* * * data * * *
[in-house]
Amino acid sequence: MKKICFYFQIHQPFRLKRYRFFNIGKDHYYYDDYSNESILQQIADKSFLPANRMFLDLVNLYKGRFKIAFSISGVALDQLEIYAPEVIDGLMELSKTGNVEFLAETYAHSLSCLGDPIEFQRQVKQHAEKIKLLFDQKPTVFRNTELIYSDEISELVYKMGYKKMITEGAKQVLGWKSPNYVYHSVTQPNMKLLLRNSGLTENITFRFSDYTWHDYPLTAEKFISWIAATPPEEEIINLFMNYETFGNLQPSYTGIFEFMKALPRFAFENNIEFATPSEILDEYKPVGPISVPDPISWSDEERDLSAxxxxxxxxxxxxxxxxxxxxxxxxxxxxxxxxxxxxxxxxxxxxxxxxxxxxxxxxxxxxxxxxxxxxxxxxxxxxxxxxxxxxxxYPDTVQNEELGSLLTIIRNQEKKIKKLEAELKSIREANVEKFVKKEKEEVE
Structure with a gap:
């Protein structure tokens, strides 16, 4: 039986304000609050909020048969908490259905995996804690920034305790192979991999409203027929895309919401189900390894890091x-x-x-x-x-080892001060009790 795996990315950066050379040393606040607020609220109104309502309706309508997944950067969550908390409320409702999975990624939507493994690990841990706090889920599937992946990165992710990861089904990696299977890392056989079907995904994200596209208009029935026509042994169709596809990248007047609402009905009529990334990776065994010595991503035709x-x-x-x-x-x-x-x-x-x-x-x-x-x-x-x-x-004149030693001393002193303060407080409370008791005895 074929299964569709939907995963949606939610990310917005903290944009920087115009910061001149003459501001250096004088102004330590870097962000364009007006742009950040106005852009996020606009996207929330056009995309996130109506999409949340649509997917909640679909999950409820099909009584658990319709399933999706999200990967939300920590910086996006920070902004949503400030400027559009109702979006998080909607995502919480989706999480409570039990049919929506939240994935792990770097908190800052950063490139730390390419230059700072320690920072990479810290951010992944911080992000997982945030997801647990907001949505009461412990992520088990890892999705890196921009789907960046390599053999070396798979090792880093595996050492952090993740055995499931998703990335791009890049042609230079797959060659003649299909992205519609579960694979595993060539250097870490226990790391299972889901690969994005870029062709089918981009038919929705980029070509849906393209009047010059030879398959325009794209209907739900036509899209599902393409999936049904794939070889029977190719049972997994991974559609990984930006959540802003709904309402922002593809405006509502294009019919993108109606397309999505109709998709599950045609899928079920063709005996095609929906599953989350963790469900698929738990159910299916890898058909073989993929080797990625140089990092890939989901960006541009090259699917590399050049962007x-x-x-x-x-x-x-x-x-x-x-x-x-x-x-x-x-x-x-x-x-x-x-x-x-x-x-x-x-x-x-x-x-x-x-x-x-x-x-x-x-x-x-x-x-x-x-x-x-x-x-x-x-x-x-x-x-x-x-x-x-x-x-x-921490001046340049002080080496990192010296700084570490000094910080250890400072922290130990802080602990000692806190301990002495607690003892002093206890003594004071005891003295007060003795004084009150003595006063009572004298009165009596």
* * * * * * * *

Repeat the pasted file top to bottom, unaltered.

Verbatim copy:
[in-house]
Amino acid sequence: MKKICFYFQIHQPFRLKRYRFFNIGKDHYYYDDYSNESILQQIADKSFLPANRMFLDLVNLYKGRFKIAFSISGVALDQLEIYAPEVIDGLMELSKTGNVEFLAETYAHSLSCLGDPIEFQRQVKQHAEKIKLLFDQKPTVFRNTELIYSDEISELVYKMGYKKMITEGAKQVLGWKSPNYVYHSVTQPNMKLLLRNSGLTENITFRFSDYTWHDYPLTAEKFISWIAATPPEEEIINLFMNYETFGNLQPSYTGIFEFMKALPRFAFENNIEFATPSEILDEYKPVGPISVPDPISWSDEERDLSAxxxxxxxxxxxxxxxxxxxxxxxxxxxxxxxxxxxxxxxxxxxxxxxxxxxxxxxxxxxxxxxxxxxxxxxxxxxxxxxxxxxxxxYPDTVQNEELGSLLTIIRNQEKKIKKLEAELKSIREANVEKFVKKEKEEVE
Structure with a gap:
């Protein structure tokens, strides 16, 4: 039986304000609050909020048969908490259905995996804690920034305790192979991999409203027929895309919401189900390894890091x-x-x-x-x-080892001060009790 795996990315950066050379040393606040607020609220109104309502309706309508997944950067969550908390409320409702999975990624939507493994690990841990706090889920599937992946990165992710990861089904990696299977890392056989079907995904994200596209208009029935026509042994169709596809990248007047609402009905009529990334990776065994010595991503035709x-x-x-x-x-x-x-x-x-x-x-x-x-x-x-x-x-004149030693001393002193303060407080409370008791005895 074929299964569709939907995963949606939610990310917005903290944009920087115009910061001149003459501001250096004088102004330590870097962000364009007006742009950040106005852009996020606009996207929330056009995309996130109506999409949340649509997917909640679909999950409820099909009584658990319709399933999706999200990967939300920590910086996006920070902004949503400030400027559009109702979006998080909607995502919480989706999480409570039990049919929506939240994935792990770097908190800052950063490139730390390419230059700072320690920072990479810290951010992944911080992000997982945030997801647990907001949505009461412990992520088990890892999705890196921009789907960046390599053999070396798979090792880093595996050492952090993740055995499931998703990335791009890049042609230079797959060659003649299909992205519609579960694979595993060539250097870490226990790391299972889901690969994005870029062709089918981009038919929705980029070509849906393209009047010059030879398959325009794209209907739900036509899209599902393409999936049904794939070889029977190719049972997994991974559609990984930006959540802003709904309402922002593809405006509502294009019919993108109606397309999505109709998709599950045609899928079920063709005996095609929906599953989350963790469900698929738990159910299916890898058909073989993929080797990625140089990092890939989901960006541009090259699917590399050049962007x-x-x-x-x-x-x-x-x-x-x-x-x-x-x-x-x-x-x-x-x-x-x-x-x-x-x-x-x-x-x-x-x-x-x-x-x-x-x-x-x-x-x-x-x-x-x-x-x-x-x-x-x-x-x-x-x-x-x-x-x-x-x-x-921490001046340049002080080496990192010296700084570490000094910080250890400072922290130990802080602990000692806190301990002495607690003892002093206890003594004071005891003295007060003795004084009150003595006063009572004298009165009596």